PERTH (miningweekly.com) – Innovation and application of new technology will be vital to unlocking resource exploration potential, diversified miner BHP said this week.
Speaking at the Prospectors and Developers Association of Canada (PDAC) convention, BHP’s chief technical officer, Laura Tyler, stated that the exploration industry is faced with a scarcity of high quality resources and the necessity of higher standards of sustainability.
“The current residual search space for new mineral districts is reducing, and future districts now lie in areas of high country risk, or in lower-risk jurisdictions under cover. The minerals industry is in transition to undercover exploration much like the petroleum industry transformation to deep sea exploration some decades ago. To do this, we must rely on a holistic evaluation of the mineral system, gaining a full appreciation of the potential of a district through an understanding of its formation.
“Discovery of what we call ‘Tier 1’ resources has therefore become more technically challenging, but at the same time, more engaging,” Tyler said.
She noted that stakeholders and society had also become more aware of the impact that the mining industry could have on the environment, and that expectations, quite rightly, have continued to evolve and grow.
“The interesting catch to all this is that under even the most aggressive decarbonisation scenarios, the world needs more minerals, and therefore more discoveries leading to more mines.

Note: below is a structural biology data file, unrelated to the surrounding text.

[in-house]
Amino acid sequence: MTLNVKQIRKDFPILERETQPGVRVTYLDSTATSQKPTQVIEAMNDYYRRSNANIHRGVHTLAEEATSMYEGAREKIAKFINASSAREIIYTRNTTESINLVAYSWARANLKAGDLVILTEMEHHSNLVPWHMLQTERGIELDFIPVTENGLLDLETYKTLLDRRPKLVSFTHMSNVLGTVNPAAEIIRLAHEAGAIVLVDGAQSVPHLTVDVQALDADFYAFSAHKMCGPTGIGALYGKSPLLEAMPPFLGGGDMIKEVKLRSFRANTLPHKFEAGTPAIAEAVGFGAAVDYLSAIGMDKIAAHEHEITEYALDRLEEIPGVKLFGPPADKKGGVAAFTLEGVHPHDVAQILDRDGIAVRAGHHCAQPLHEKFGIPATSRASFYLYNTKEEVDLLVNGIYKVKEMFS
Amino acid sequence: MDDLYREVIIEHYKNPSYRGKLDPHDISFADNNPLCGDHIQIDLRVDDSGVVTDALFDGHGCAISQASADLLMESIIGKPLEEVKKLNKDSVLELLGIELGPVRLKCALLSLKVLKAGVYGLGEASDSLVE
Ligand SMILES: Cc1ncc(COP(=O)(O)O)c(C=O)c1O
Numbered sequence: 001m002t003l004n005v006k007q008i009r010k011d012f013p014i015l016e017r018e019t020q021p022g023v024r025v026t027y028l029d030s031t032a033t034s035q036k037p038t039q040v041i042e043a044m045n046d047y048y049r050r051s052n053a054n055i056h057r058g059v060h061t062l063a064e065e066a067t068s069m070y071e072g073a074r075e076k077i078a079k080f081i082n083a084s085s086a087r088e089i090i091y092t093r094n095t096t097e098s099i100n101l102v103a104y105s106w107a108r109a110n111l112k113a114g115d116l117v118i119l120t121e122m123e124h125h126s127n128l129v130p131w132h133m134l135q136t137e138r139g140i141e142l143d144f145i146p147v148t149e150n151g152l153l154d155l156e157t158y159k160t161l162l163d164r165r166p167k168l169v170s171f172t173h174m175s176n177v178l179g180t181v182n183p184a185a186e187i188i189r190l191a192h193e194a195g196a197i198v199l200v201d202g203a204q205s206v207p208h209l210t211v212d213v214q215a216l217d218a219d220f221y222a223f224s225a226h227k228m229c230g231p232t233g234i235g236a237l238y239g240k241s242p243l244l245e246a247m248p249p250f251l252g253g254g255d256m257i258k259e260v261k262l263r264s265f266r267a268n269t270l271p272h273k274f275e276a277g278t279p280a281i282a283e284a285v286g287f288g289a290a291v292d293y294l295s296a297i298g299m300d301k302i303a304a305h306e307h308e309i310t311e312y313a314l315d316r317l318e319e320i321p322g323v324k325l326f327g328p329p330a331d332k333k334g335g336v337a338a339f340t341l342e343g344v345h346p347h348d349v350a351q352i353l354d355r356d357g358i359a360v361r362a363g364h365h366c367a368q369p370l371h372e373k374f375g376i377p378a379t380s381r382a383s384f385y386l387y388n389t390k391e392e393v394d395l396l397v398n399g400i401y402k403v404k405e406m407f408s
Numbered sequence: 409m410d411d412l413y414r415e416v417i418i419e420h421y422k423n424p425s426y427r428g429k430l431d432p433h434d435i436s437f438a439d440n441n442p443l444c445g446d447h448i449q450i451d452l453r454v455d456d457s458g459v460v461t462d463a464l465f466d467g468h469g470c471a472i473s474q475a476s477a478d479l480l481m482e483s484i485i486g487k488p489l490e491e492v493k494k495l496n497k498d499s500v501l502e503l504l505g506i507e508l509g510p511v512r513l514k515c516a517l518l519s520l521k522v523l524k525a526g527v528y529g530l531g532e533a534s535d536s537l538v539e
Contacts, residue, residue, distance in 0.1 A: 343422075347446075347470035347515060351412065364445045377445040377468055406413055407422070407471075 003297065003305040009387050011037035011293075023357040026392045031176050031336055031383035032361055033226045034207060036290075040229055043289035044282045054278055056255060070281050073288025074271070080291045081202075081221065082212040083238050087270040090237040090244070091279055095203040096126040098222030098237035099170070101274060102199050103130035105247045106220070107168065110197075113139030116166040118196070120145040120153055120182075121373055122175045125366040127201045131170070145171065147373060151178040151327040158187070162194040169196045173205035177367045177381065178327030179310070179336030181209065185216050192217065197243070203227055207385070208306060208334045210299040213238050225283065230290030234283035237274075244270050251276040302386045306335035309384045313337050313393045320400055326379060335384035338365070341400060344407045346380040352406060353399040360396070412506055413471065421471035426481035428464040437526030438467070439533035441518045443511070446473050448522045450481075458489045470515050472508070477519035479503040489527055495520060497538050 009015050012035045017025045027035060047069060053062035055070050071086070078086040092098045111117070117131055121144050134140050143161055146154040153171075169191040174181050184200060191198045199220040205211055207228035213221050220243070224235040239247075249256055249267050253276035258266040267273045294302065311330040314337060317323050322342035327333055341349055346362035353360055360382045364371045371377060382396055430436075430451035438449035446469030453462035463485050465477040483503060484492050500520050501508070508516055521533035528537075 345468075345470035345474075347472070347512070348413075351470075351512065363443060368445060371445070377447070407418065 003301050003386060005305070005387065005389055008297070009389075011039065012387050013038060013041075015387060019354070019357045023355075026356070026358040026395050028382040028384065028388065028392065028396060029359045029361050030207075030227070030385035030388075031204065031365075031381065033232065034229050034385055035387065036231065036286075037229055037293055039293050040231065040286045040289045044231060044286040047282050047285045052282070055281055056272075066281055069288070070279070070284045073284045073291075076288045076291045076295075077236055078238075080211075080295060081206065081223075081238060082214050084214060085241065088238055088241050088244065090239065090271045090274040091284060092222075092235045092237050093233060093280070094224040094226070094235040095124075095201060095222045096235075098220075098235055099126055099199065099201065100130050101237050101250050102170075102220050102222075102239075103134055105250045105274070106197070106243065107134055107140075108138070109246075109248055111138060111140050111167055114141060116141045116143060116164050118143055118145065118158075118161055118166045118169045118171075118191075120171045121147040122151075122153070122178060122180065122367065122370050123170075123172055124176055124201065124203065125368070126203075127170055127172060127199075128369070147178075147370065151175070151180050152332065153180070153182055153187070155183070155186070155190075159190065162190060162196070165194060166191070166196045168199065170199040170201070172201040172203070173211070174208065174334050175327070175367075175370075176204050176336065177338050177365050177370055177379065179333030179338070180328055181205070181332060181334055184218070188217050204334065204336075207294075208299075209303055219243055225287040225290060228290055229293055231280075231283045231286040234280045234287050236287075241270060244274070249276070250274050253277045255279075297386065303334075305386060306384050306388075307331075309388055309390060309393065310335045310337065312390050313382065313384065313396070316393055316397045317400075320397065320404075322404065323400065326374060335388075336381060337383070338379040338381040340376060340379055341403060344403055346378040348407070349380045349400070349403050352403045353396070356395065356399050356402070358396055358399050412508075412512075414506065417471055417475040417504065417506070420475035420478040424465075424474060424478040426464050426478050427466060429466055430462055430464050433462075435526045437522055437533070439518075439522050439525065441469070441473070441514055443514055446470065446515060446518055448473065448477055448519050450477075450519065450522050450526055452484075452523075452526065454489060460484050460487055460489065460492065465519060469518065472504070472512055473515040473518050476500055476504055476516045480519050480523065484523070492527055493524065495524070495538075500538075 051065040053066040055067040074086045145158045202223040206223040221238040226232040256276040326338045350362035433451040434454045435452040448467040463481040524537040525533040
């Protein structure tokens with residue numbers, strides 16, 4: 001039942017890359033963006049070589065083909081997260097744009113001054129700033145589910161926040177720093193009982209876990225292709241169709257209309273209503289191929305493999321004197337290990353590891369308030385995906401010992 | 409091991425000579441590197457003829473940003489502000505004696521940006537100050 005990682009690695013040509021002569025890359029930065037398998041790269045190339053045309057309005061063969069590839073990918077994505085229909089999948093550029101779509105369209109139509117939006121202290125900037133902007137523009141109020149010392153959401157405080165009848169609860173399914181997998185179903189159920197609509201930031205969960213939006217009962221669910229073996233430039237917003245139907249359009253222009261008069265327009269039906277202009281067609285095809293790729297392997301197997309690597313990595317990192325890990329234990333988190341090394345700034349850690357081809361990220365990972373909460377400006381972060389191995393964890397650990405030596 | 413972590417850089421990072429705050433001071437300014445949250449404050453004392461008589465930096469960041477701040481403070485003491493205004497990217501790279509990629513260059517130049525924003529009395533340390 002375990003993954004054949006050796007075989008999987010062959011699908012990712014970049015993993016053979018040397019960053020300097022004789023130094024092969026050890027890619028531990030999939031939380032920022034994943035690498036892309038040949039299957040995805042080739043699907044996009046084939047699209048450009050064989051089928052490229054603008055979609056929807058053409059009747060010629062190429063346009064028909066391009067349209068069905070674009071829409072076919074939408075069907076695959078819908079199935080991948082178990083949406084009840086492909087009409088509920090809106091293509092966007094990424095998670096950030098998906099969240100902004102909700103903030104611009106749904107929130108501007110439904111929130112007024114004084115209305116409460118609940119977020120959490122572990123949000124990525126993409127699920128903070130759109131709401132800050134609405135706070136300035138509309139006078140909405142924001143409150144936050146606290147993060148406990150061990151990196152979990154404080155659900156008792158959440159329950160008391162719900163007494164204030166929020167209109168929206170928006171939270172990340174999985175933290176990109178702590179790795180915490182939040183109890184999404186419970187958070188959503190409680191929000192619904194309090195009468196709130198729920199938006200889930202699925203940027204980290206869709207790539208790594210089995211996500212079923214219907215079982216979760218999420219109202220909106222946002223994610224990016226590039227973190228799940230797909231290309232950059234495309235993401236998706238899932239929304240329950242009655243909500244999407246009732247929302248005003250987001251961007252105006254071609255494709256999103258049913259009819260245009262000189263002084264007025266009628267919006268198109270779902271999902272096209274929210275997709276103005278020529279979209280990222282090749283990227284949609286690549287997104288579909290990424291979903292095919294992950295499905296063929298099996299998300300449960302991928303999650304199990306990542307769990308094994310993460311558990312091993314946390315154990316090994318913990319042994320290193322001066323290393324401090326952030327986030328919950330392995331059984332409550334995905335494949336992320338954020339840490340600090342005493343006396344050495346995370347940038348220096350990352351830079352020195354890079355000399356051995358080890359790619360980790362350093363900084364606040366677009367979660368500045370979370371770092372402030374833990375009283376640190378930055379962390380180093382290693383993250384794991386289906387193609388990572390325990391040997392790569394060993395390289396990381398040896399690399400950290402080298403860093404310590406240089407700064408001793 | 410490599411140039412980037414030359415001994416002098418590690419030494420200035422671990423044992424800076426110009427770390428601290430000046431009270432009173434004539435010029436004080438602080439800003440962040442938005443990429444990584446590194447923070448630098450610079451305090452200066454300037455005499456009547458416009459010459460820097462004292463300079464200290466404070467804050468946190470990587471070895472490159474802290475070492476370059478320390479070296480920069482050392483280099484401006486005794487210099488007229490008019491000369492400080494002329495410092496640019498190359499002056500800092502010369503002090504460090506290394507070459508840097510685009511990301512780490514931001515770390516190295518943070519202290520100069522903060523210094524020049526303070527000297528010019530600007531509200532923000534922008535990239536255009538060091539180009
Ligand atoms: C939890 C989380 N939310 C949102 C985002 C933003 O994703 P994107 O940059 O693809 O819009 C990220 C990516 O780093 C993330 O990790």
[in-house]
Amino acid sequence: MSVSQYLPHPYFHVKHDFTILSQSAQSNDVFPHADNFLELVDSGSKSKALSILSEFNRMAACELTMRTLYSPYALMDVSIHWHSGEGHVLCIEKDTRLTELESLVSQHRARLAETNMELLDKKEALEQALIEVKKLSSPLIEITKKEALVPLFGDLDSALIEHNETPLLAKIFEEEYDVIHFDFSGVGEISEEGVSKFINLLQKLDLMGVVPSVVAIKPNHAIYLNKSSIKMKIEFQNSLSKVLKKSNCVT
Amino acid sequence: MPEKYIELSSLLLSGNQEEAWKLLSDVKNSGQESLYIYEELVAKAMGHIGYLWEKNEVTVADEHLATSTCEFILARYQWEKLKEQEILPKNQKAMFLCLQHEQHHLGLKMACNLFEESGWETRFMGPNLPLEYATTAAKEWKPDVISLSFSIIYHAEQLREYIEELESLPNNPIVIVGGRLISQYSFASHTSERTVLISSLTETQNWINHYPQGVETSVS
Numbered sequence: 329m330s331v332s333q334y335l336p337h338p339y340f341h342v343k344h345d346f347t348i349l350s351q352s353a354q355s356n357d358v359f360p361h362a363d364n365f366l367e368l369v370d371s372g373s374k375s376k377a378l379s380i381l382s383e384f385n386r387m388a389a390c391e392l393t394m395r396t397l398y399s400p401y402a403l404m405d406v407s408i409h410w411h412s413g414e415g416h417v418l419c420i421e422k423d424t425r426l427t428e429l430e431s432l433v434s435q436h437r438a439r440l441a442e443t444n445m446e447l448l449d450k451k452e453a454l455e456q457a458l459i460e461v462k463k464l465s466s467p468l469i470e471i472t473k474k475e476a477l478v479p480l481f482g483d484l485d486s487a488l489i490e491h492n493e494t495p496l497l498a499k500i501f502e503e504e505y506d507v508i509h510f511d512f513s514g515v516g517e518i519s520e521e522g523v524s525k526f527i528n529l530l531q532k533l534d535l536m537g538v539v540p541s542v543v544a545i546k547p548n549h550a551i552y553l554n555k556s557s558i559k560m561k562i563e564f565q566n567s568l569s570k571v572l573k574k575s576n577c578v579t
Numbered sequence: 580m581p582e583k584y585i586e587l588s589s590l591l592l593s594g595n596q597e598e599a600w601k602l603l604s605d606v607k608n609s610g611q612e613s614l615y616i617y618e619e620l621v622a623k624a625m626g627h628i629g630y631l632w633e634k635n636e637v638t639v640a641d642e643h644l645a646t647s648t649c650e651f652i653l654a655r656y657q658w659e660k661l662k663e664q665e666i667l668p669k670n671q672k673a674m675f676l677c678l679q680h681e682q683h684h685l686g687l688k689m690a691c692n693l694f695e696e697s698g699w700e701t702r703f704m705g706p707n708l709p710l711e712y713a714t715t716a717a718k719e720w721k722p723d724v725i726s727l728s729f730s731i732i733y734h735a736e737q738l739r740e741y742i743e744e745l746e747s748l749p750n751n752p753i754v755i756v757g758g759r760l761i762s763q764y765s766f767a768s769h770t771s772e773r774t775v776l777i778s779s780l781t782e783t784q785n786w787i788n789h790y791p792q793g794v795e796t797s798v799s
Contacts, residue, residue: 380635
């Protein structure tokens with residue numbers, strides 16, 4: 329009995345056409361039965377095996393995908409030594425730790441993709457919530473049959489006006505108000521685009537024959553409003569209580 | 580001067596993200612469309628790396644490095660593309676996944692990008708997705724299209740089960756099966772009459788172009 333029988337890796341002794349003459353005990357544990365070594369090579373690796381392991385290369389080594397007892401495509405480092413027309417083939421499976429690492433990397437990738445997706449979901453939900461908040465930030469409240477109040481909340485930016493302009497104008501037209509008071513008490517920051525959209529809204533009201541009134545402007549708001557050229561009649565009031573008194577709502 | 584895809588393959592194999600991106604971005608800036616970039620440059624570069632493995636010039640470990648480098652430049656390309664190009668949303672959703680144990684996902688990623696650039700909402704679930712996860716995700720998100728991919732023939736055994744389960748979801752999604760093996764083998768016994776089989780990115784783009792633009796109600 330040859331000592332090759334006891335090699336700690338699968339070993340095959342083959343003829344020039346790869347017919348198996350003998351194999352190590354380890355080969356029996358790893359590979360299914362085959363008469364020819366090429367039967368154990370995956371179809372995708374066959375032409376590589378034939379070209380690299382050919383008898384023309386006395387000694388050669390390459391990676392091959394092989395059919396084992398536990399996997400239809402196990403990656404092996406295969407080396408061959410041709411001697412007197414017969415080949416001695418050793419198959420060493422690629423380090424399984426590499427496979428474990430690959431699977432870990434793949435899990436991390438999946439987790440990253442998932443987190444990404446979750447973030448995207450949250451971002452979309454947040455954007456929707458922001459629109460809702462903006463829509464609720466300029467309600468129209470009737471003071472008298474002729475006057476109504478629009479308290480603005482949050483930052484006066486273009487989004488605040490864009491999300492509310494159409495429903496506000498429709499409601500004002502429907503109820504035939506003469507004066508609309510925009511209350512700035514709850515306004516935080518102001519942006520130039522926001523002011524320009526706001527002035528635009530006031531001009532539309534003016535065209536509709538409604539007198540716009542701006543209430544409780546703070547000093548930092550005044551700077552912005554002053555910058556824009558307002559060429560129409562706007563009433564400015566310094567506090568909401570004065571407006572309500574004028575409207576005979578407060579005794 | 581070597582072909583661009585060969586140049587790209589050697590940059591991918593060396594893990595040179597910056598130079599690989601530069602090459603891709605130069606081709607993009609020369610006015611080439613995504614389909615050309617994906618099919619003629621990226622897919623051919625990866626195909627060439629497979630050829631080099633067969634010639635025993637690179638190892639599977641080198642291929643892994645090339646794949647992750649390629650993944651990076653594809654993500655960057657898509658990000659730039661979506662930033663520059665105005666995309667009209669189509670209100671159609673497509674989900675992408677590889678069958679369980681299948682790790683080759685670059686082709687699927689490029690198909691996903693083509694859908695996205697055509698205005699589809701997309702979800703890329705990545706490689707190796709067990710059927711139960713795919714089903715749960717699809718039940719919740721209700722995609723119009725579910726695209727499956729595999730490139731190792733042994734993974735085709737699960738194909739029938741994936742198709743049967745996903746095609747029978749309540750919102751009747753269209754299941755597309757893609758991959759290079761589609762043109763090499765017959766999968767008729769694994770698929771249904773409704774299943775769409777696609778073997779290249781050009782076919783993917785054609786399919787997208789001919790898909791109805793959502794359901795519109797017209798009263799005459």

“In a 1.5-degree scenario the world is expected to need almost twice as much steel in the next 30 years as it did in the last 30. Copper production will have to double over the next 30 years to aid the development of renewable technologies and distribution of new charging infrastructure.
“And nickel production will have to increase nearly four-fold to power the next generation of battery technology and the forecast demand for electric and hybrid vehicles.
“And the world will still need oil and gas to power mobility and everyday modern life on the pathway to decarbonisation. Finally, potash will be vital to ease pressure on scarce, arable land,” Tyler said.
She noted that in order to fully seize the opportunity to be part of a sustainable future, mining companies had to minimise their material and environmental footprints, with a focus on high quality resources defined by more extractable metal per kilowatt hour and ton of water.
“This must now be a key consideration in the exploration and evaluation phase: we must find resources that can become mines, and operate feasibly under higher sustainability standards,” she said.
Tyler said that technology would be a key enabler of this exploration, noting that while the majority of the exploration industry was of the opinion that the golden age of discovery is past, that industry was based on using technology geared to at-or-near surface discovery.
“However it is my belief that the golden age of discovery is ahead of us,” she added.
“By harnessing technology we can make the Earth at 400 metres depth as transparent to exploration as the surface of the Earth is today,” she added.
Tyler also noted that collaboration and partnerships, both internal and external, would propel the future of exploration, allowing explorers to draw on multiple data sets, technical backgrounds, and multiple disciplines and skills to amplify the understanding of mineral systems and yet-to-find search spaces.
“From where I sit, the opportunity in front of us is huge. I see great prosperity as we collaborate to discover the commodities of the future…faster, more efficiently and more sustainably than ever before,” she said.